EPA further disagrees with the commenter's assertion that VOC reductions are not needed in the entire Commonwealth of Pennsylvania, and disagrees that the state or EPA has the discretion not to implement those reductions. First, the commenter provided no evidence supporting a claim that VOC reductions are only needed in areas with “bad air.” (EPA assumes this is a reference to nonattainment areas). Second, Congress, through the CAA, has dictated that VOC RACT is required to be implemented throughout entire Commonwealth. CAA section 182(b)(2)(A) requires that, for each ozone nonattainment area classified as Moderate or above, the area must revise their SIPs to include RACT for each category of VOC sources covered by CTG documents issued between November 15, 1990 and the date of attainment. CAA section 184(a) further establishes a single OTR, of which the entire Commonwealth of Pennsylvania is included, and section 184(b)(1)(B) requires all states in the OTR to submit SIPs implementing RACT with respect to all sources of VOC in the state that are covered by a CTG. Finally, Pennsylvania and EPA are not permitted to ignore statutory mandates for any policy reason, including to promote jobs or to enable economic growth. Thus, the requirements of the CAA require Pennsylvania to revise its SIP in order to implement VOC RACT for all CTGs issued, including the automobile and light-duty truck assembly coating category. As Pennsylvania is in the OTR, VOC reductions from RACT and from implementing CTGs are required by the CAA in the entire Commonwealth.

IV. Final Action

EPA is approving the revision to Pennsylvania's SIP which adopts EPA's CTG for automobile and light-duty truck coatings because Pennsylvania's regulation incorporates the requirements of the CTG and thus meets requirements in CAA sections 110 and 184(b).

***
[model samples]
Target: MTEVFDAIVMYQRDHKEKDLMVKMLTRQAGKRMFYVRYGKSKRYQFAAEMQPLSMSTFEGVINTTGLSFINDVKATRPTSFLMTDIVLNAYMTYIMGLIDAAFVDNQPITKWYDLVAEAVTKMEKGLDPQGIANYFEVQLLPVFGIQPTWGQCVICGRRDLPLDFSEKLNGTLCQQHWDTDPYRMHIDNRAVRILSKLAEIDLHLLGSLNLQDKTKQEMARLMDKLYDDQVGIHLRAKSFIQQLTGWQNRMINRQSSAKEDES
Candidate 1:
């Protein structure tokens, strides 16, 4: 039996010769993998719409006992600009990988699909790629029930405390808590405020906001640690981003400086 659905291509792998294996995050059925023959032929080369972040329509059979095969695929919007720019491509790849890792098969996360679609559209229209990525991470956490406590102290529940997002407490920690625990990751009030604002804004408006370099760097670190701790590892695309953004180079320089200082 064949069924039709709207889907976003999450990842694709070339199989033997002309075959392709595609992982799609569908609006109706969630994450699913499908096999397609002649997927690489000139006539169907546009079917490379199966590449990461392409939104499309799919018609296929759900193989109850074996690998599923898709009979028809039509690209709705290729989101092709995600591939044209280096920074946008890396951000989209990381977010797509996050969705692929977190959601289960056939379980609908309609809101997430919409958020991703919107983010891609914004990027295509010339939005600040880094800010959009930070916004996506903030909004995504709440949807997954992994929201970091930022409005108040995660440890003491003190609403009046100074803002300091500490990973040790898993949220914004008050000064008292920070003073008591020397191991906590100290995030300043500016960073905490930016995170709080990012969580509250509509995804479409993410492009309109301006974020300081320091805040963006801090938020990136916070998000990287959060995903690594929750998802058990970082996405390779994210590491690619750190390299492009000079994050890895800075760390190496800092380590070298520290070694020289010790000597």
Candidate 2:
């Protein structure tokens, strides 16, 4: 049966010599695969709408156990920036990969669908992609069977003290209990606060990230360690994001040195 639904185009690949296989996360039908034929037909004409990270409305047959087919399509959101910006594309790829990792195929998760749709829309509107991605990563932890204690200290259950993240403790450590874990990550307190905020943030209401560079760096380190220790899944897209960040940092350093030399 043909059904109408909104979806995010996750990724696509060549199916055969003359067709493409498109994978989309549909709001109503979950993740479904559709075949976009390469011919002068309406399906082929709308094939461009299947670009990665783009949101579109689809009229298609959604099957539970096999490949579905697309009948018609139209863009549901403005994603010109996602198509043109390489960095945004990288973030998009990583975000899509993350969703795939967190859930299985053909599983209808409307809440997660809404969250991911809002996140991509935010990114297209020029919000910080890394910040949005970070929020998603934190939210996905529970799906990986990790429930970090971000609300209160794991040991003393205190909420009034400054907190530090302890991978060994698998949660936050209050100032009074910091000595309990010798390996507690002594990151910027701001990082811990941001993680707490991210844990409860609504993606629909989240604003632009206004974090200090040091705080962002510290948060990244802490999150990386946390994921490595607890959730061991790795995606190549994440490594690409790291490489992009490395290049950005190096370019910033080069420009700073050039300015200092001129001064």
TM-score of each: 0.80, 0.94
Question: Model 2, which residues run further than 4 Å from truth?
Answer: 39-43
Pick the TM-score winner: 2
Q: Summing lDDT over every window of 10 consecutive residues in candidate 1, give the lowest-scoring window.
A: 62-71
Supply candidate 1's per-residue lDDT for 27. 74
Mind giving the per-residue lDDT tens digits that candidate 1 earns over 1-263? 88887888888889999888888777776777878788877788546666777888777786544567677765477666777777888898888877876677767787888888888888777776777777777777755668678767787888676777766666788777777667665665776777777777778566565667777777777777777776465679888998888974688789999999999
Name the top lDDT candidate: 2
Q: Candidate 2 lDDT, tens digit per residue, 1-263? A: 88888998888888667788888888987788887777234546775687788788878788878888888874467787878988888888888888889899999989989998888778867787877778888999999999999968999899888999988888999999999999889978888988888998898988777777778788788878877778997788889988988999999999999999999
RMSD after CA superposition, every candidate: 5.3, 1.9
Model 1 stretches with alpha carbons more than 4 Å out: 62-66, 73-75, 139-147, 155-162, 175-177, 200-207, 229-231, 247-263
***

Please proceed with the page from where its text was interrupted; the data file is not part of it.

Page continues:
V. Incorporation by Reference

In this rule, EPA is finalizing regulatory text that includes incorporation by reference. In accordance with requirements of 1 CFR 51.5, EPA is finalizing the incorporation Start Printed Page 12676by reference of 25 Pa. Code Chapter 129—Standards for Sources, Sections 129.51 and 129.52e. EPA has made, and will continue to make, these materials generally available through and at the EPA Region III Office (please contact the person identified in the “For Further Information Contact” section of this preamble for more information). Therefore, these materials have been approved by EPA for inclusion in the SIP, have been incorporated by reference by EPA into that plan, are fully federally enforceable under sections 110 and 113 of the CAA as of the effective date of the final rulemaking of EPA's approval, and will be incorporated by reference by the Director of the Federal Register in the next update of the SIP compilation.[4]

VI. Statutory and Executive Order Reviews

A. General Requirements

Under the CAA, the Administrator is required to approve a SIP submission that complies with the provisions of the CAA and applicable federal regulations. 42 U.S.C. 7410(k); 40 CFR 52.02(a). Thus, in reviewing SIP submissions, EPA's role is to approve state choices, provided that they meet the criteria of the CAA. Accordingly, this action merely approves state law as meeting federal requirements and does not impose additional requirements beyond those imposed by state law. For that reason, this action:

  • Is not a “significant regulatory action” subject to review by the Office of Management and Budget under Executive Orders 12866 (58 FR 51735, October 4, 1993) and 13563 (76 FR 3821, January 21, 2011);
  • is not an Executive Order 13771 (82 FR 9339, February 2, 2017) regulatory action because SIP approvals are exempted under Executive Order 12866.
  • does not impose an information collection burden under the provisions of the Paperwork Reduction Act (44 U.S.C. 3501 et seq.);
  • is certified as not having a significant economic impact on a substantial number of small entities under the Regulatory Flexibility Act (5 U.S.C. 601 et seq.);
  • does not contain any unfunded mandate or significantly or uniquely affect small governments, as described in the Unfunded Mandates Reform Act of 1995 (Pub. L. 104-4);